Facebook Pixel embed script AE Professor, Brian Gunter: Hitching a Ride with Google, Skybox | College of Engineering | Georgia Institute of Technology | Atlanta, GA

News

Title

AE Professor, Brian Gunter: Hitching a Ride with Google, Skybox

Dec 29, 2015
Dec 20, 2015
 
This schematic of the Ranging And Nanosatellite Guidance Experiment (RANGE) has been inspiring Dr. Brian Gunter's 23-member research and design team to work hard to meet a projected 2016 launch.  Undergraduates and graduates are working on this project.

 

Dr. Brian Gunter

When the opportunity to launch is offered, you have to be ready to act. Just ask GT-AE professor Brian Gunter.

Just a few months ago, in May, his Ranging And Nanosatellite Guidance Experiment (RANGE) cubesat proposal was approved  through the Skybox University Cubesat Partnership. Now, it's in the design stages.

"The current schedule requires that the RANGE satellites be flight-ready by 2016," said Gunter.  "That means we'll have just one year to go from concept to launch."

Can it be done?

"Yes, but it will no doubt be challenging," says Gunter.

"We are already deep into the design phase, and we will start assembly and testing in the spring. We have a talented group of students working hard to make sure we meet our deadlines."

The RANGE mission will consist of two cubesats, measuring 10x10x15 cm, that will fly in a leader-follower formation. The on-board instrumentation will include state-of-the-art global positioning system (GPS) receivers, linked to miniaturized atomic clocks, for precise orbit determination. The relative positions of the satellites will be measured using a compact inter-satellite laser ranging system that will also double as a laser communications system. Corner cube reflectors will allow the absolute and relative position estimates to be verified using ground-based satellite laser ranging (SLR) measurements provided by the International Laser Ranging Service (ILRS).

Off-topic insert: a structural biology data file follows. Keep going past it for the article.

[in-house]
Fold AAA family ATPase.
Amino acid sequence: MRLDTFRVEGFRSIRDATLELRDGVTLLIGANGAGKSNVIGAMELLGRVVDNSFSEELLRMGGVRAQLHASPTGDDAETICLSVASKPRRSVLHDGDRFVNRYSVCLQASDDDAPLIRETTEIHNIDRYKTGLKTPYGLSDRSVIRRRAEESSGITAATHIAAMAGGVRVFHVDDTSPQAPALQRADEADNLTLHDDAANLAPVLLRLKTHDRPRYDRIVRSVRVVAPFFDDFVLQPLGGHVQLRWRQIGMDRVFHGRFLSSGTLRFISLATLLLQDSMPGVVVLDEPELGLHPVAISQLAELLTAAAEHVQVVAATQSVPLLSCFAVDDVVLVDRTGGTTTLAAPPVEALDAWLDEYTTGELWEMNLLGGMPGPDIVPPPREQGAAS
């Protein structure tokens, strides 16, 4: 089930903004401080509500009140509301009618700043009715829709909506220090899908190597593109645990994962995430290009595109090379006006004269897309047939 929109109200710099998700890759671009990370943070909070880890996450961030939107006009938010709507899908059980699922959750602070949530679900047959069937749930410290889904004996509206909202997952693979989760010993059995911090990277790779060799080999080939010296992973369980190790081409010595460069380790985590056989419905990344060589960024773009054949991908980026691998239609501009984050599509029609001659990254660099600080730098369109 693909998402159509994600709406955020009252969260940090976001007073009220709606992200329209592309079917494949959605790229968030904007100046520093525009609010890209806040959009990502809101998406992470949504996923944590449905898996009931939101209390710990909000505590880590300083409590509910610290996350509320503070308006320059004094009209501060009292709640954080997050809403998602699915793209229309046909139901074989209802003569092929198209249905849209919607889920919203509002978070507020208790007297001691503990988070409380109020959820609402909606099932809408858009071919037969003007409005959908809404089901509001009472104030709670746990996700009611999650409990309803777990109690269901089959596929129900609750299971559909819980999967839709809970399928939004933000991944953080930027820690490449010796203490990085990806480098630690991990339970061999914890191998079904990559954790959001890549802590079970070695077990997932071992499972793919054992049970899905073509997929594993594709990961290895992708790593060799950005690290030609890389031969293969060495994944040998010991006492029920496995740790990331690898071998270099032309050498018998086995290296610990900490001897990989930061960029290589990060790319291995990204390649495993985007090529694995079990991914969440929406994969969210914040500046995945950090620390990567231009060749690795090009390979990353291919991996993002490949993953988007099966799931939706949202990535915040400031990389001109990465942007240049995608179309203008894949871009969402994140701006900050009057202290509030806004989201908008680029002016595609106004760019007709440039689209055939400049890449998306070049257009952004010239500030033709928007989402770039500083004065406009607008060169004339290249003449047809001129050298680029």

"Our goal is to have at least one set of coincident ground-based satellite laser ranging, high-rate GPS, and inter-satellite laser ranging measurements," said Gunter.

"If we can achieve that, even if this happens within the first week of operations, then we will consider the mission a success."

The mission seeks to validate technology that, among other things, has the potential to both track cubesat orbits down to mere centimeters, and to measure the relative distance between the satellites down to millimeters, Gunter said.

"We believe the results from this mission will push the limits of positioning accuracy for cubesats, and has to potential to enable a host of new mission concepts that can change how we gather information from space, to include imagery, topography, time-variable gravity, and much more," Gunter pointed out.

"In the future, we could deploy tens or hundreds of these satellites around Earth or other planets to create orbiting sensor networks that could gather near real-time global observations, and have the satellites be able to communicate with each other."

Gunter intends for the RANGE mission to serve primarily as a demonstration of new technologies, and he is already eying follow-up research projects after RANGE's launch.

"We’re grateful for getting a launch slot, since these are hard to get, and it’s exciting to think that what we’re developing will soon fly in space."

In addition to a team of 23 undergraduate and graduate researchers, Gunter will collaborate with GT-AE professors Robert Braun and Glenn Lightsey, as well as GTRI's  Grady Tuell and his research group.

The RANGE Team has been working steadily over the summer and fall to design and build the nanosatellite for a 2016 launch.